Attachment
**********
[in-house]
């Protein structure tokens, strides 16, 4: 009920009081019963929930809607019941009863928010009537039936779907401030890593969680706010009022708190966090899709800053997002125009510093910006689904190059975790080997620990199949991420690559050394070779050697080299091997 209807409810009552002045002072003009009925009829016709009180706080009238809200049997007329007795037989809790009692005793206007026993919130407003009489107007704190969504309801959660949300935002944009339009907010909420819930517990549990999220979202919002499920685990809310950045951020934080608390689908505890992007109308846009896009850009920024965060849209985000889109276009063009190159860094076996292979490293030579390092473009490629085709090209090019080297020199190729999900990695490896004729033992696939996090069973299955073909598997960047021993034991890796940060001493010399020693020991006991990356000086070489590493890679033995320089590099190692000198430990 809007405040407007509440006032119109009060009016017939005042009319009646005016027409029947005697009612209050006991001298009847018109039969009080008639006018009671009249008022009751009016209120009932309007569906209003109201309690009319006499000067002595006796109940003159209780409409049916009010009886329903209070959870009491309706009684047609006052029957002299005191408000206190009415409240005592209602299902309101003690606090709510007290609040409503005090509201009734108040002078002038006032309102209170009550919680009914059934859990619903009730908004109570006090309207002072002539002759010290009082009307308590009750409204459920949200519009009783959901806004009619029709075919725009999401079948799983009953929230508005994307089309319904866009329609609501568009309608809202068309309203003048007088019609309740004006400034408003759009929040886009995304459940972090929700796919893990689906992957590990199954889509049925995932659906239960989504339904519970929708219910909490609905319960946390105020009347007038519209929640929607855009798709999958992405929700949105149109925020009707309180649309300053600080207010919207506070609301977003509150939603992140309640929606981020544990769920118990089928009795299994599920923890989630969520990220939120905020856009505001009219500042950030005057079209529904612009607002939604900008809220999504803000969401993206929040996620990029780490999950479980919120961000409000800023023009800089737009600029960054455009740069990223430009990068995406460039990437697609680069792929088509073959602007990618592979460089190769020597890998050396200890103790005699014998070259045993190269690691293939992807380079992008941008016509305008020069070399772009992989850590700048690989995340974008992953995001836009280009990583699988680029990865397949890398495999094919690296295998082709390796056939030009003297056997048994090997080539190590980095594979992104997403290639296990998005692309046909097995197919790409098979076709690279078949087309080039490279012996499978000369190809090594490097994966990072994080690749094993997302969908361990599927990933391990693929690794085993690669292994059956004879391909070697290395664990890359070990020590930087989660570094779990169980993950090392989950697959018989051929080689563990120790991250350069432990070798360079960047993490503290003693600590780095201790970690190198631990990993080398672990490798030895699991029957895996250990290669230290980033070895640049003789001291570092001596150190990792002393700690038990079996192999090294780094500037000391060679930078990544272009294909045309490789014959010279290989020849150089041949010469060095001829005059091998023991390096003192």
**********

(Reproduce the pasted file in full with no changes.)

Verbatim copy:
[in-house]
């Protein structure tokens, strides 16, 4: 009920009081019963929930809607019941009863928010009537039936779907401030890593969680706010009022708190966090899709800053997002125009510093910006689904190059975790080997620990199949991420690559050394070779050697080299091997 209807409810009552002045002072003009009925009829016709009180706080009238809200049997007329007795037989809790009692005793206007026993919130407003009489107007704190969504309801959660949300935002944009339009907010909420819930517990549990999220979202919002499920685990809310950045951020934080608390689908505890992007109308846009896009850009920024965060849209985000889109276009063009190159860094076996292979490293030579390092473009490629085709090209090019080297020199190729999900990695490896004729033992696939996090069973299955073909598997960047021993034991890796940060001493010399020693020991006991990356000086070489590493890679033995320089590099190692000198430990 809007405040407007509440006032119109009060009016017939005042009319009646005016027409029947005697009612209050006991001298009847018109039969009080008639006018009671009249008022009751009016209120009932309007569906209003109201309690009319006499000067002595006796109940003159209780409409049916009010009886329903209070959870009491309706009684047609006052029957002299005191408000206190009415409240005592209602299902309101003690606090709510007290609040409503005090509201009734108040002078002038006032309102209170009550919680009914059934859990619903009730908004109570006090309207002072002539002759010290009082009307308590009750409204459920949200519009009783959901806004009619029709075919725009999401079948799983009953929230508005994307089309319904866009329609609501568009309608809202068309309203003048007088019609309740004006400034408003759009929040886009995304459940972090929700796919893990689906992957590990199954889509049925995932659906239960989504339904519970929708219910909490609905319960946390105020009347007038519209929640929607855009798709999958992405929700949105149109925020009707309180649309300053600080207010919207506070609301977003509150939603992140309640929606981020544990769920118990089928009795299994599920923890989630969520990220939120905020856009505001009219500042950030005057079209529904612009607002939604900008809220999504803000969401993206929040996620990029780490999950479980919120961000409000800023023009800089737009600029960054455009740069990223430009990068995406460039990437697609680069792929088509073959602007990618592979460089190769020597890998050396200890103790005699014998070259045993190269690691293939992807380079992008941008016509305008020069070399772009992989850590700048690989995340974008992953995001836009280009990583699988680029990865397949890398495999094919690296295998082709390796056939030009003297056997048994090997080539190590980095594979992104997403290639296990998005692309046909097995197919790409098979076709690279078949087309080039490279012996499978000369190809090594490097994966990072994080690749094993997302969908361990599927990933391990693929690794085993690669292994059956004879391909070697290395664990890359070990020590930087989660570094779990169980993950090392989950697959018989051929080689563990120790991250350069432990070798360079960047993490503290003693600590780095201790970690190198631990990993080398672990490798030895699991029957895996250990290669230290980033070895640049003789001291570092001596150190990792002393700690038990079996192999090294780094500037000391060679930078990544272009294909045309490789014959010279290989020849150089041949010469060095001829005059091998023991390096003192």